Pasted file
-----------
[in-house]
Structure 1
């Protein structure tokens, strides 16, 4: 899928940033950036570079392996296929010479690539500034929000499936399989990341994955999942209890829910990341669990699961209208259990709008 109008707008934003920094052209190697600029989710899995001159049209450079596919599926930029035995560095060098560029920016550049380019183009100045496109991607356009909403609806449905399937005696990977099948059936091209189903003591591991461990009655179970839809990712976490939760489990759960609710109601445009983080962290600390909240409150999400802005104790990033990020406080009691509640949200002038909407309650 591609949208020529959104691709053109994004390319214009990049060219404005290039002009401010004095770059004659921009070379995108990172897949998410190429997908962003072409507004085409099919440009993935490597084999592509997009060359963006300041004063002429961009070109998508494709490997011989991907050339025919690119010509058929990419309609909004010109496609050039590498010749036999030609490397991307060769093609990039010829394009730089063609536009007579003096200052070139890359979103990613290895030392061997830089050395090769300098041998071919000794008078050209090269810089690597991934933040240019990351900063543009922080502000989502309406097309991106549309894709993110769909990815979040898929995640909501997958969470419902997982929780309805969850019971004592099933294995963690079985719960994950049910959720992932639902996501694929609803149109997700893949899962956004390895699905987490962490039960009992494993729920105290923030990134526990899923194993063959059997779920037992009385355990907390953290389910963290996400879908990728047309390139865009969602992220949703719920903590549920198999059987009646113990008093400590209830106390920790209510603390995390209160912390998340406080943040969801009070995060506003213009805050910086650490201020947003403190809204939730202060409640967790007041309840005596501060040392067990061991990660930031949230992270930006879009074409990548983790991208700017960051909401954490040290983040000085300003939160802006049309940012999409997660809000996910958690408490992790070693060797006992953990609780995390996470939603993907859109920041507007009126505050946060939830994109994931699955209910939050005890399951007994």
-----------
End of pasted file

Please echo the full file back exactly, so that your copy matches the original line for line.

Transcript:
[in-house]
Structure 1
């Protein structure tokens, strides 16, 4: 899928940033950036570079392996296929010479690539500034929000499936399989990341994955999942209890829910990341669990699961209208259990709008 109008707008934003920094052209190697600029989710899995001159049209450079596919599926930029035995560095060098560029920016550049380019183009100045496109991607356009909403609806449905399937005696990977099948059936091209189903003591591991461990009655179970839809990712976490939760489990759960609710109601445009983080962290600390909240409150999400802005104790990033990020406080009691509640949200002038909407309650 591609949208020529959104691709053109994004390319214009990049060219404005290039002009401010004095770059004659921009070379995108990172897949998410190429997908962003072409507004085409099919440009993935490597084999592509997009060359963006300041004063002429961009070109998508494709490997011989991907050339025919690119010509058929990419309609909004010109496609050039590498010749036999030609490397991307060769093609990039010829394009730089063609536009007579003096200052070139890359979103990613290895030392061997830089050395090769300098041998071919000794008078050209090269810089690597991934933040240019990351900063543009922080502000989502309406097309991106549309894709993110769909990815979040898929995640909501997958969470419902997982929780309805969850019971004592099933294995963690079985719960994950049910959720992932639902996501694929609803149109997700893949899962956004390895699905987490962490039960009992494993729920105290923030990134526990899923194993063959059997779920037992009385355990907390953290389910963290996400879908990728047309390139865009969602992220949703719920903590549920198999059987009646113990008093400590209830106390920790209510603390995390209160912390998340406080943040969801009070995060506003213009805050910086650490201020947003403190809204939730202060409640967790007041309840005596501060040392067990061991990660930031949230992270930006879009074409990548983790991208700017960051909401954490040290983040000085300003939160802006049309940012999409997660809000996910958690408490992790070693060797006992953990609780995390996470939603993907859109920041507007009126505050946060939830994109994931699955209910939050005890399951007994």